Pawnship, Slavery, and Colonialism in Africa
Paul E. Lovejoy, Toyin Falola
Africa World Press, Jan 1, 2003 - Social Science - 480 pages
Exploring the age-old institution of African debt bondage, in which people are held as collateral in lieu of debts that have been incurred, these twenty essays look at the various effects of this practice on such issues as kinship, gender and the international slave trade. Continuing well into the 1930s because of the economic demands enforced by European colonial rule, pawnship and slavery in the event of default on a loan has had a particularly detrimental effect on women and children, demonstrating the links between credit, servility and gender in large parts of Africa.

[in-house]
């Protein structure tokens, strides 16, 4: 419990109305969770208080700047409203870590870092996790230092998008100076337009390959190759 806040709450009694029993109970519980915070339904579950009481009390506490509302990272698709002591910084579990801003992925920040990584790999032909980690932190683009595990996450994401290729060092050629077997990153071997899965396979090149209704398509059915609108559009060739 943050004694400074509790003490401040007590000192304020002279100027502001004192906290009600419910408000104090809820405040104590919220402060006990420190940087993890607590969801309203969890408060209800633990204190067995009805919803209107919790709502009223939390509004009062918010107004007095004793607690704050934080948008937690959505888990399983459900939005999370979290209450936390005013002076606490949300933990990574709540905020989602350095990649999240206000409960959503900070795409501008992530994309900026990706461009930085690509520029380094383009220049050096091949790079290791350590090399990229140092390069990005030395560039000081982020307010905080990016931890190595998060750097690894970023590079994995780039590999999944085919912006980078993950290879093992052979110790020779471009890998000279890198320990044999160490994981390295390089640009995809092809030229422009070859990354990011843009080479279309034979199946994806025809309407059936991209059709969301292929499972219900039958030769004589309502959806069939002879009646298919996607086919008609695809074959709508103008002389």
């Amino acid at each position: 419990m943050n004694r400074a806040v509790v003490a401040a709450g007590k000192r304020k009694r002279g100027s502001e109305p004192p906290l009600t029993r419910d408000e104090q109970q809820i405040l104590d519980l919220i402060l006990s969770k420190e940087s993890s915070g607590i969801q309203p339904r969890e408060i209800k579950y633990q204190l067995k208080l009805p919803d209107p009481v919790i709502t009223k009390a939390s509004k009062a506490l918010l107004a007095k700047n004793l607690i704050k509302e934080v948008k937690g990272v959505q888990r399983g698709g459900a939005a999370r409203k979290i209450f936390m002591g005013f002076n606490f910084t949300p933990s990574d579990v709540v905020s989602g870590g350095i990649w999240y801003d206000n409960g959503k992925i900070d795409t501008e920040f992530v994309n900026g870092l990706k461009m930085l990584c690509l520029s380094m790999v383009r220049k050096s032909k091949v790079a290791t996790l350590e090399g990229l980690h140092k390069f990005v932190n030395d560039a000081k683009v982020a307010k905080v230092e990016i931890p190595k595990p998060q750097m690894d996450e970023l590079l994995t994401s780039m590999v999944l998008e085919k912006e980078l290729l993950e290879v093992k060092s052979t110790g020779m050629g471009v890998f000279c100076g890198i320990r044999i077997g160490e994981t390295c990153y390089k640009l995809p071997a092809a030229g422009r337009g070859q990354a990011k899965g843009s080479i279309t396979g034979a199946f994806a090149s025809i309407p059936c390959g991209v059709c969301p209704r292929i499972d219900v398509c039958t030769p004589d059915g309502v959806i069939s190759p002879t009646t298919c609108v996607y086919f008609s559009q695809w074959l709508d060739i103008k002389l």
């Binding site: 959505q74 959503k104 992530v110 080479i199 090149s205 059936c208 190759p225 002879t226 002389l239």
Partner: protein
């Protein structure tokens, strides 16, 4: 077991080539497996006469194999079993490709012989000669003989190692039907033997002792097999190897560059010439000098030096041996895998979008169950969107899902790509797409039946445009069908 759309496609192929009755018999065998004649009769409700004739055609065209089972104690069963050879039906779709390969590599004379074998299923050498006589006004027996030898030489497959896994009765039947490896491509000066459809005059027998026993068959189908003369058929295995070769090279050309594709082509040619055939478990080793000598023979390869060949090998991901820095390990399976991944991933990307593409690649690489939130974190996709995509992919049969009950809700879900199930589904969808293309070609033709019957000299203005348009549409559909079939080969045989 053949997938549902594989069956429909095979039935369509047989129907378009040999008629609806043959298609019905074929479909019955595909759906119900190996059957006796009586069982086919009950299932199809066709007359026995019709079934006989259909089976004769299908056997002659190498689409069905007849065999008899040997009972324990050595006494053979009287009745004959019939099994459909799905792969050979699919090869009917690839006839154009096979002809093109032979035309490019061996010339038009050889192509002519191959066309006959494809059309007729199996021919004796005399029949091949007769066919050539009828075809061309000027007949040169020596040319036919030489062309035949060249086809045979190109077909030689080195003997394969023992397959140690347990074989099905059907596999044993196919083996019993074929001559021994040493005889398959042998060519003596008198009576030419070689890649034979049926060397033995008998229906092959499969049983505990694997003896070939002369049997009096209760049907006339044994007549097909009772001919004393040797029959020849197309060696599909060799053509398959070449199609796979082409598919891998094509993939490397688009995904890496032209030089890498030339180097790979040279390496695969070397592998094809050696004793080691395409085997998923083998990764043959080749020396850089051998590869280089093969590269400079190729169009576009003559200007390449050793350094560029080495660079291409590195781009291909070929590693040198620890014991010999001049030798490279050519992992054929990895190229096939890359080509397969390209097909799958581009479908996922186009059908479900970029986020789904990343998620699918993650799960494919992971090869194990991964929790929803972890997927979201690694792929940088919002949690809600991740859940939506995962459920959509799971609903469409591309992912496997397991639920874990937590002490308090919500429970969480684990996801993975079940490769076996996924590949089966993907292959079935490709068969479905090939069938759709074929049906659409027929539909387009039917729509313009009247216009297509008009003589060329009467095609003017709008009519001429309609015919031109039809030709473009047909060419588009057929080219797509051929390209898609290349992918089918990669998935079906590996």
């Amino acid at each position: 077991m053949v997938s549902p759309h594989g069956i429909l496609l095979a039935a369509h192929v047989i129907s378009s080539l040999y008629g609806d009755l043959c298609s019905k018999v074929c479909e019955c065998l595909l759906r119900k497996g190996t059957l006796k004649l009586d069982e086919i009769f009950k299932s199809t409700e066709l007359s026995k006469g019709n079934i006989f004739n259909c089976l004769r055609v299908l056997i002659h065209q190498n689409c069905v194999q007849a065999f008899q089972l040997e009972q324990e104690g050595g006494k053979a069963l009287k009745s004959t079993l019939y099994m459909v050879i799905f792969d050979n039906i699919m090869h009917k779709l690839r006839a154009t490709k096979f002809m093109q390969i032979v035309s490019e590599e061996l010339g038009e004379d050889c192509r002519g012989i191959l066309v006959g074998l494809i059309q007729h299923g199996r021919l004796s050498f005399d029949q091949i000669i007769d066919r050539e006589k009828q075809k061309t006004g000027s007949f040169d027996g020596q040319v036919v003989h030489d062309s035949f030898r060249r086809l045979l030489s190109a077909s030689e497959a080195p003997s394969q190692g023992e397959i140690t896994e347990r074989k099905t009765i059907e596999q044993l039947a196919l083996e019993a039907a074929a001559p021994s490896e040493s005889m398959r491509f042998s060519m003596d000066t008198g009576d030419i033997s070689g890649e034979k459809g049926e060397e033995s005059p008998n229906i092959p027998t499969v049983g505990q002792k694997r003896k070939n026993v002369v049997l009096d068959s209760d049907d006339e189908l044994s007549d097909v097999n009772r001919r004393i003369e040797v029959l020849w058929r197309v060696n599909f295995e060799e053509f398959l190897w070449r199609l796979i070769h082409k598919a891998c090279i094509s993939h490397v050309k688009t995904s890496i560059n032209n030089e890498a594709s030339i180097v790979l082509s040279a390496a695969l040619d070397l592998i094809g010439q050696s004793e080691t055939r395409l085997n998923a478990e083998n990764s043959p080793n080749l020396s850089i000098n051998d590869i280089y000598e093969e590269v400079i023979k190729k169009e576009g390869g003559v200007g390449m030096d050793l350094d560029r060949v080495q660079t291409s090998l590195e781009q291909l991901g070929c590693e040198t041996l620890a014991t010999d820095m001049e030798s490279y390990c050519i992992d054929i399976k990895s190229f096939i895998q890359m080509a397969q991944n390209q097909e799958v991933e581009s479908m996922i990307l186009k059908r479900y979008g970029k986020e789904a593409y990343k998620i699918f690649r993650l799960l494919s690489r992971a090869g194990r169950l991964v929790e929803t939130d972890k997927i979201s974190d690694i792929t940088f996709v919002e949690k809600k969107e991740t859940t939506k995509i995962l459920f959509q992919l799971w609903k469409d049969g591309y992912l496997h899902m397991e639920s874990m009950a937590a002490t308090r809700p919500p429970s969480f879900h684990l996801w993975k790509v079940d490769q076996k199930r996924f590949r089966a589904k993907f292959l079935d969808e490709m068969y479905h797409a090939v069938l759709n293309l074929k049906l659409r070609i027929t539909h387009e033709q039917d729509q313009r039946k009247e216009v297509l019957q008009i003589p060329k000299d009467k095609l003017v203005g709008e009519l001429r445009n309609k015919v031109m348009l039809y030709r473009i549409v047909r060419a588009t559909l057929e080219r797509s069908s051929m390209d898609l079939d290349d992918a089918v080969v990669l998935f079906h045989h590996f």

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Abeokuta Amoke Opaaiye Asante Ashanti Ashanti Law Atlantic Slave Trade Benin Bolaji interview Bolaji/Bolaji interviews borrowed British chiefs cocoa cocoa farm colonial contract courts creditor Dahomey debtor District economic Egba enslavement European evidence export Falola famine female pawns Ghana girls Gold Coast History Ibadan Ibid Igbo Ijaye Ilorin imprisonment for debt institution interest iwofa iyoha Johnson kinship labor Lagos Law and Constitution lineage loan London Lovejoy male pawns marriage master merchants Miji Kenda missionaries NAGA ADM NAGK Nembe Niger Nigeria nineteenth century Nupe Obuasi Office Old Calabar Oroge Oseni Saidu panyarring parents pawnship period person pledge political practice precolonial Province Rabai Rattray redeem redemption relations Report Richard Rogers Robin Law Saadu Mania Sessional Papers ships Sierra Leone slave trade slavery Slavery in Africa slaves and pawns social society sold suggests Town transactions West Africa Whydah women Yoruba Yorubaland